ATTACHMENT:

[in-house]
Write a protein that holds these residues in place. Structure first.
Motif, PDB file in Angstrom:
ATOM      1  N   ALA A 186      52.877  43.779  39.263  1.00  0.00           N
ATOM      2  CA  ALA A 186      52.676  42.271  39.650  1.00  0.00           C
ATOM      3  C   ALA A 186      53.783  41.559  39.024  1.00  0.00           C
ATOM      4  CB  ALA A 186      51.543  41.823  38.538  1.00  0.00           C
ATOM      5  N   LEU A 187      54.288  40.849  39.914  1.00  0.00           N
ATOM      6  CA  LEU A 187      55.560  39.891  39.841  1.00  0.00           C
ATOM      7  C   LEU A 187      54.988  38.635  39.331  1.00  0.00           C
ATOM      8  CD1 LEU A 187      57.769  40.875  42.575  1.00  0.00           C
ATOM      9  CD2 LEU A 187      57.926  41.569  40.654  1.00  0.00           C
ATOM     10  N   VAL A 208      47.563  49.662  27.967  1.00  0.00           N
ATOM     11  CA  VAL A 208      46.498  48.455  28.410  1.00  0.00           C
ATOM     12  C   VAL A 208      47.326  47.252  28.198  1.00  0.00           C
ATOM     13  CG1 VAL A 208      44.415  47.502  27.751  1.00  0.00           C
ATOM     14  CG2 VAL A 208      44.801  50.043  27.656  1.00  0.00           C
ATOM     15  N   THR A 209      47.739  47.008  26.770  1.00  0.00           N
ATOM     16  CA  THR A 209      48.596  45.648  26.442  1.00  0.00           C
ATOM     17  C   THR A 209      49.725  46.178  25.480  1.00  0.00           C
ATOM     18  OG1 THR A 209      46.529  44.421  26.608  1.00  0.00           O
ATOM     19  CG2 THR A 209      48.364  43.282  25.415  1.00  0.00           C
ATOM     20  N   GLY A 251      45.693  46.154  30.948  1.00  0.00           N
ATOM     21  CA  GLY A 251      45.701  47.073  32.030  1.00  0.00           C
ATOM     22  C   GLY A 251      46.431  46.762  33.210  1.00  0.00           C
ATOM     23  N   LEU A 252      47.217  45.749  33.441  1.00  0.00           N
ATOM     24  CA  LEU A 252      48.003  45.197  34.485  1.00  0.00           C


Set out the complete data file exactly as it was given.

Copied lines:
[in-house]
Write a protein that holds these residues in place. Structure first.
Motif, PDB file in Angstrom:
ATOM      1  N   ALA A 186      52.877  43.779  39.263  1.00  0.00           N
ATOM      2  CA  ALA A 186      52.676  42.271  39.650  1.00  0.00           C
ATOM      3  C   ALA A 186      53.783  41.559  39.024  1.00  0.00           C
ATOM      4  CB  ALA A 186      51.543  41.823  38.538  1.00  0.00           C
ATOM      5  N   LEU A 187      54.288  40.849  39.914  1.00  0.00           N
ATOM      6  CA  LEU A 187      55.560  39.891  39.841  1.00  0.00           C
ATOM      7  C   LEU A 187      54.988  38.635  39.331  1.00  0.00           C
ATOM      8  CD1 LEU A 187      57.769  40.875  42.575  1.00  0.00           C
ATOM      9  CD2 LEU A 187      57.926  41.569  40.654  1.00  0.00           C
ATOM     10  N   VAL A 208      47.563  49.662  27.967  1.00  0.00           N
ATOM     11  CA  VAL A 208      46.498  48.455  28.410  1.00  0.00           C
ATOM     12  C   VAL A 208      47.326  47.252  28.198  1.00  0.00           C
ATOM     13  CG1 VAL A 208      44.415  47.502  27.751  1.00  0.00           C
ATOM     14  CG2 VAL A 208      44.801  50.043  27.656  1.00  0.00           C
ATOM     15  N   THR A 209      47.739  47.008  26.770  1.00  0.00           N
ATOM     16  CA  THR A 209      48.596  45.648  26.442  1.00  0.00           C
ATOM     17  C   THR A 209      49.725  46.178  25.480  1.00  0.00           C
ATOM     18  OG1 THR A 209      46.529  44.421  26.608  1.00  0.00           O
ATOM     19  CG2 THR A 209      48.364  43.282  25.415  1.00  0.00           C
ATOM     20  N   GLY A 251      45.693  46.154  30.948  1.00  0.00           N
ATOM     21  CA  GLY A 251      45.701  47.073  32.030  1.00  0.00           C
ATOM     22  C   GLY A 251      46.431  46.762  33.210  1.00  0.00           C
ATOM     23  N   LEU A 252      47.217  45.749  33.441  1.00  0.00           N
ATOM     24  CA  LEU A 252      48.003  45.197  34.485  1.00  0.00           C